One of central Kentucky's most endearing and beloved characters, known to all simply as Buckhorn, was a fixture of the downtown Richmond scene for years.
Small-town fame and glory came to Buckhorn on many levels: his early-morning radio show on Richmond's WEKY-AM (his atonal and ear-splittingly loud rendition of "Happy Birthday To You" was a notorious local hit of sorts, and kept the VU meters laying in the red), his popularity with drunks and college students as the eccentric custodian at several local bars, his notoriety for zipping all over town on his motorcycle (and often ignoring all traffic laws), but most of all his glory lay on two other fronts:
First and foremost, Buckhorn was the quintessential wheeler-dealer. Buckhorn always had something to sell, and like the guy in the Residents song "Hello Skinny", Buckhorn sold something every single day. He would open up his coat to reveal an entire store inside, like a bad old movie's "wanna buy a watch?" street hustler come to life. He had watches, pocket knives (Case XX ones were his favorite), old collectible cigarette lighters, antique silver cigarette cases, etc. All day long Buckhorn sped on his cycle from flea market to bar to junk store to pool hall, endlessly buying and selling like a one-man pawn shop a-go-go.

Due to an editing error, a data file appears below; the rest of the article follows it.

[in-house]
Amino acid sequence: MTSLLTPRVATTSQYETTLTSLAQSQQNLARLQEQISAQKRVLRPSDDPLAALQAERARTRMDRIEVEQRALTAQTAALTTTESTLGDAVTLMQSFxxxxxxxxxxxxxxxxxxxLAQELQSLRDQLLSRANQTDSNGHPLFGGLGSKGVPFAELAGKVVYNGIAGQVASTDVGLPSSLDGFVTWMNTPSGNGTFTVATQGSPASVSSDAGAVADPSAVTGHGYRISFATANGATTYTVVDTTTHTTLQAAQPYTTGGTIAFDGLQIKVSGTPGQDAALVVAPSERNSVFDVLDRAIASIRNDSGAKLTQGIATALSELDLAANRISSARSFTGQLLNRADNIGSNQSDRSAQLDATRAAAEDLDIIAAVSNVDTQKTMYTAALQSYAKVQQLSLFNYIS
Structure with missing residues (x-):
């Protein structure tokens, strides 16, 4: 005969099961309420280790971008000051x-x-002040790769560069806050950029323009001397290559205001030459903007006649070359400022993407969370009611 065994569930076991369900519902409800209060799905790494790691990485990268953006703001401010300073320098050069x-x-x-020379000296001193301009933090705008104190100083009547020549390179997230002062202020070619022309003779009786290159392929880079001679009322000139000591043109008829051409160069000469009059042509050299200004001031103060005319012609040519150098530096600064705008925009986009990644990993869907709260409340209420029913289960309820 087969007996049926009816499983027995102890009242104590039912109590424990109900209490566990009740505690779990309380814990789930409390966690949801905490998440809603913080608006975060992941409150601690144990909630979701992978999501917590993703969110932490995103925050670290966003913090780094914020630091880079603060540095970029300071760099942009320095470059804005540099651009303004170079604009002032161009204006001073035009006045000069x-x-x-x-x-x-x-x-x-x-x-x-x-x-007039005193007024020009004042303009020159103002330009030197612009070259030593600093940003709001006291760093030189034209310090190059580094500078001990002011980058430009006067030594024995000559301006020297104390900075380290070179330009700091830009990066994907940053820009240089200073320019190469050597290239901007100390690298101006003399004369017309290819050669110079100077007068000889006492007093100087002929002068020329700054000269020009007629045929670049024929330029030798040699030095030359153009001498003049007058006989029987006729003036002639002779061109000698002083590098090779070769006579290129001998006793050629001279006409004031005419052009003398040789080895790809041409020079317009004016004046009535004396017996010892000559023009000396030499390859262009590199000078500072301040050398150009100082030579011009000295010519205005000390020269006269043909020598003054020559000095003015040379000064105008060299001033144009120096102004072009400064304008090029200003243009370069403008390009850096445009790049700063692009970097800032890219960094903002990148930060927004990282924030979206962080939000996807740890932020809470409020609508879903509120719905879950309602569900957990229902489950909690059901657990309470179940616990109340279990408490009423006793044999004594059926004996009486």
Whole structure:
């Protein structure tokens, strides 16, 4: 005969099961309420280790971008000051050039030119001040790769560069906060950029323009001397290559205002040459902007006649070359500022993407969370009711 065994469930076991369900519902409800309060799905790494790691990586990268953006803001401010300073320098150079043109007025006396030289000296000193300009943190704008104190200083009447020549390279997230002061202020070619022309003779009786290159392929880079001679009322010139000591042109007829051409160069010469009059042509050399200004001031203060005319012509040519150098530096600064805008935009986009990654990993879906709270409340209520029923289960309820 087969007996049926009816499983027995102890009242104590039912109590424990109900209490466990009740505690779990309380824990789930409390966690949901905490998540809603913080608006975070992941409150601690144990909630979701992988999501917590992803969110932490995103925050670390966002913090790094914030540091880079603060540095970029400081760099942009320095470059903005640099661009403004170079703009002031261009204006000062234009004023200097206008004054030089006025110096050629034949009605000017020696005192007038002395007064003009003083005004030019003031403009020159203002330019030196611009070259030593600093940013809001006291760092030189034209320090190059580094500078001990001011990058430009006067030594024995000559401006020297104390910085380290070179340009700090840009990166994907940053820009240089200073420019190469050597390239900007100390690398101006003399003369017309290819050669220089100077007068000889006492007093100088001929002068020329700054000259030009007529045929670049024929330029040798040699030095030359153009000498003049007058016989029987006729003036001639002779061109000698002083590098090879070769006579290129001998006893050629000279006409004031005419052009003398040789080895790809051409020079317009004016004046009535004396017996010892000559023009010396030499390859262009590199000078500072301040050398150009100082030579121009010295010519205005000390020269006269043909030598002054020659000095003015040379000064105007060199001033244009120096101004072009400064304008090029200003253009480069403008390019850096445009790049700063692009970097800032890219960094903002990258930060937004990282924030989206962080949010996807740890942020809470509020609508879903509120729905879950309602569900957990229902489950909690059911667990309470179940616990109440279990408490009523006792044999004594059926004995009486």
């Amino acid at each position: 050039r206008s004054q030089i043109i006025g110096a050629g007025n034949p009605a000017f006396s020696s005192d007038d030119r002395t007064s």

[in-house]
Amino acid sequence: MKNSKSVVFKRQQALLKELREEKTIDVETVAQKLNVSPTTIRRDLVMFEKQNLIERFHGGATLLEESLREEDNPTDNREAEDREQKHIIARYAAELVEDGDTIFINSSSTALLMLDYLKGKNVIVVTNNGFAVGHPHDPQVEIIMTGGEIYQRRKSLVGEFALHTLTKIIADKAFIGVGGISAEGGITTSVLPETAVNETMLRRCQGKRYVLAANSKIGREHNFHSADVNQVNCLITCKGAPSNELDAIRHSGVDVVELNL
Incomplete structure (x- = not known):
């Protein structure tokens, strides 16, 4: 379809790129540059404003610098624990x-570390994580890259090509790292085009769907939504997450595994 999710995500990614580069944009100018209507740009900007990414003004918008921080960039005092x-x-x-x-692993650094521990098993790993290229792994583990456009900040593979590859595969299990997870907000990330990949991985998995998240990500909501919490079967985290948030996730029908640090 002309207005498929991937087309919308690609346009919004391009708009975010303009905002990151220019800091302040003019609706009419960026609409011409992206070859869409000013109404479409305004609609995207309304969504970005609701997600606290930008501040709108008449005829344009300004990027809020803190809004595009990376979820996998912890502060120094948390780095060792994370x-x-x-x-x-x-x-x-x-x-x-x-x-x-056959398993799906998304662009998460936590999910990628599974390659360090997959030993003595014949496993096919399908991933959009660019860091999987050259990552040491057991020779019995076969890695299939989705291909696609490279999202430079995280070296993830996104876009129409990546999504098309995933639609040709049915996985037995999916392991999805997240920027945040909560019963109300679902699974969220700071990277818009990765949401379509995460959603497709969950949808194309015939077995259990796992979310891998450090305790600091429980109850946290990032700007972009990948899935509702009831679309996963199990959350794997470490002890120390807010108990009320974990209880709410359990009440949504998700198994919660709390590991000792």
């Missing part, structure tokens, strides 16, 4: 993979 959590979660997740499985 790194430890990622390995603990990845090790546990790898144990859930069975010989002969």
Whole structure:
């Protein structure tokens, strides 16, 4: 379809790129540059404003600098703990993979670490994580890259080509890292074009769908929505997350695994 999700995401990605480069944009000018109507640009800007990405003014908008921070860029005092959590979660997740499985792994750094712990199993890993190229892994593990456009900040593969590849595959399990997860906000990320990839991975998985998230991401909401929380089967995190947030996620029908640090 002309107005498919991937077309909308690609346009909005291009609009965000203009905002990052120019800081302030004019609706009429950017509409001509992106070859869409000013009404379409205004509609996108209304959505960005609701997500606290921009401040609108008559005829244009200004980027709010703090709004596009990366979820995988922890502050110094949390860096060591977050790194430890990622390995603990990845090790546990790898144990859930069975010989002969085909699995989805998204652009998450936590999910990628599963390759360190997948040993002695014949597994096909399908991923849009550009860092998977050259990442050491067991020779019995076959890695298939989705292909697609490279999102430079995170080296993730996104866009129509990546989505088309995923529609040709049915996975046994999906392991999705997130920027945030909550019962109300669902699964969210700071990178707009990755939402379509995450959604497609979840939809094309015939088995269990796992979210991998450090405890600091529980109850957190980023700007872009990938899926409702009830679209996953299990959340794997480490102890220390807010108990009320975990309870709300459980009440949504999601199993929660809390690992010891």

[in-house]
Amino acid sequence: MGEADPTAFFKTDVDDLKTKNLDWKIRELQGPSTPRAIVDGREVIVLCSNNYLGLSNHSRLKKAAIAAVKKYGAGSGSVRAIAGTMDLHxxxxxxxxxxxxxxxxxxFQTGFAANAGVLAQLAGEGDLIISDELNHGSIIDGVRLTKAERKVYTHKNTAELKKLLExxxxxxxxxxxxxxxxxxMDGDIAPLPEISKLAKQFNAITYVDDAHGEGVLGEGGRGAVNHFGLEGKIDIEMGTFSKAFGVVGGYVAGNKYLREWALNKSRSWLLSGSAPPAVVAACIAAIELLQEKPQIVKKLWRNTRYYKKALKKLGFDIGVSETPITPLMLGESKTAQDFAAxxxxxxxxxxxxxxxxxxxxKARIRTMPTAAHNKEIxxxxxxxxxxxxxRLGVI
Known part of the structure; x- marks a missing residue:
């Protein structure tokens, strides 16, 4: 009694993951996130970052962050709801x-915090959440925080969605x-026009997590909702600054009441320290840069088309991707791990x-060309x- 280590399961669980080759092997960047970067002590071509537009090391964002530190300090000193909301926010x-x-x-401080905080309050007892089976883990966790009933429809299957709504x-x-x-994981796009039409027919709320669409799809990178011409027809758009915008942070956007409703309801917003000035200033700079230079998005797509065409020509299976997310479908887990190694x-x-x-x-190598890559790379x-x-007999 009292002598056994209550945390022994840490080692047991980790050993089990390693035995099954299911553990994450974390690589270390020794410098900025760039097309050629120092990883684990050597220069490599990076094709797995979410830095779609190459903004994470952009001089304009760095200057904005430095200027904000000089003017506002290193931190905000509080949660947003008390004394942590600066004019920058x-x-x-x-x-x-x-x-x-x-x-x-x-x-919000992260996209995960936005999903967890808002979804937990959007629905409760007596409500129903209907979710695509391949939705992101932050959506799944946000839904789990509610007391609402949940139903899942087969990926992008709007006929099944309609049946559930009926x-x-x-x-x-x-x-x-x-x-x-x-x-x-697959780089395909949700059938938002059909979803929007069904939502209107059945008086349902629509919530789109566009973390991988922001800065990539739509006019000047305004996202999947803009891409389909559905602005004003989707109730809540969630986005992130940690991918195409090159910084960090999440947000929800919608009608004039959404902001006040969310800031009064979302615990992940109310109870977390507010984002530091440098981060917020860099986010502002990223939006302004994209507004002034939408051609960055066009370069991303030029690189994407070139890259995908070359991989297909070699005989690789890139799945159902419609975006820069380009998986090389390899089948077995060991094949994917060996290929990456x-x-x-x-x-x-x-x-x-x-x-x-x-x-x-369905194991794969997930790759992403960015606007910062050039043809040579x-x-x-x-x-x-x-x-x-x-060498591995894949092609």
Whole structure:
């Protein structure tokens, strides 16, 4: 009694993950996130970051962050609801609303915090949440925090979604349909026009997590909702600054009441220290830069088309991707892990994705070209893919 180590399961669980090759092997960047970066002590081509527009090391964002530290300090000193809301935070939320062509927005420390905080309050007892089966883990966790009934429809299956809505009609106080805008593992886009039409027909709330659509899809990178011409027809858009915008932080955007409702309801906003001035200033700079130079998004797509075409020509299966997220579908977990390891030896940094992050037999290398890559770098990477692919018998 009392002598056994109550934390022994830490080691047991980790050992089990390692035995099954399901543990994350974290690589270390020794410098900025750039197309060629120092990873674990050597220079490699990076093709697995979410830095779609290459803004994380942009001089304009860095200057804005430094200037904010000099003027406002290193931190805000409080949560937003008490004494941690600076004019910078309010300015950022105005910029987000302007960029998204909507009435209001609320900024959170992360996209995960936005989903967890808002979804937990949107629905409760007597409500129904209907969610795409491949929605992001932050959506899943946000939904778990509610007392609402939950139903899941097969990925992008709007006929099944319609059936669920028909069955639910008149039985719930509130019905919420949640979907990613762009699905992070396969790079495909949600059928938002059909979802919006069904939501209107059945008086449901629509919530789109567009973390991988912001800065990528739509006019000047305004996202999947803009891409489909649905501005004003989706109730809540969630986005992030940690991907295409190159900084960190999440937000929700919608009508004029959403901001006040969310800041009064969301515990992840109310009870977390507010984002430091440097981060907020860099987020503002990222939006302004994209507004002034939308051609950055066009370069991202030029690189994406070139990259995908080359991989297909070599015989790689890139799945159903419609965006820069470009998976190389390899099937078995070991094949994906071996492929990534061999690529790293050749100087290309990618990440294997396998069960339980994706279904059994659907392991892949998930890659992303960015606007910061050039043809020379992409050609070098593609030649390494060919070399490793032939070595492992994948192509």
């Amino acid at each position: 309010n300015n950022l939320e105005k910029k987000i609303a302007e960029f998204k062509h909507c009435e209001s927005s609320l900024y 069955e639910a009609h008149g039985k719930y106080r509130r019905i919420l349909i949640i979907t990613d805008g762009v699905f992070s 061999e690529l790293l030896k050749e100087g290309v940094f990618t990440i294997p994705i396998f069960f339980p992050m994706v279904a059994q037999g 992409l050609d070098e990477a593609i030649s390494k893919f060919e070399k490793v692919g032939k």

And secondly, Buckhorn had a special place in his heart for radios. He loved to fix, repair and restore antique radios, and proof of his occult powers is the fact that he repaired them often, and repaired them quite well, even though he knew little or nothing about the fundamentals of electronics except what he had taught himself through trial and error, and had little formal education (he could not read or write).
"I just wuk on 'em till they do right", Buckhorn said of his repair technique. He had a huge collection of old tubes, but his methods for choosing appropriate replacement ones for radios were a cryptic, mysterious, spiritual matter, the mechanisms of which were known only to himself. He usually polished his tubes until the serial numbers were worn off anyway. And yet he conjured and coaxed new life into dead radios. How he did it remains a mystery. "Wal, I reckon it's got that Buckhorn Quietus on it", he would say when a piece was finished.
(For those who did not have the opportunity to hear Buckhorn's voice, it was a powerful thing: a deep-south Louisiana-like upwardly-lilting drawl utterly out of place for someone who'd never left Kentucky in his life, creaky and full of character like a merging of William S.Burroughs, Justin Wilson and Emo Phillips. Add to this the trait of repeating some words and phrases twice, and a delightfully squeaky and childish laugh that clashed with his rough, grizzled appearance.)
Buckhorn died on his motorcycle in an accident in 1997.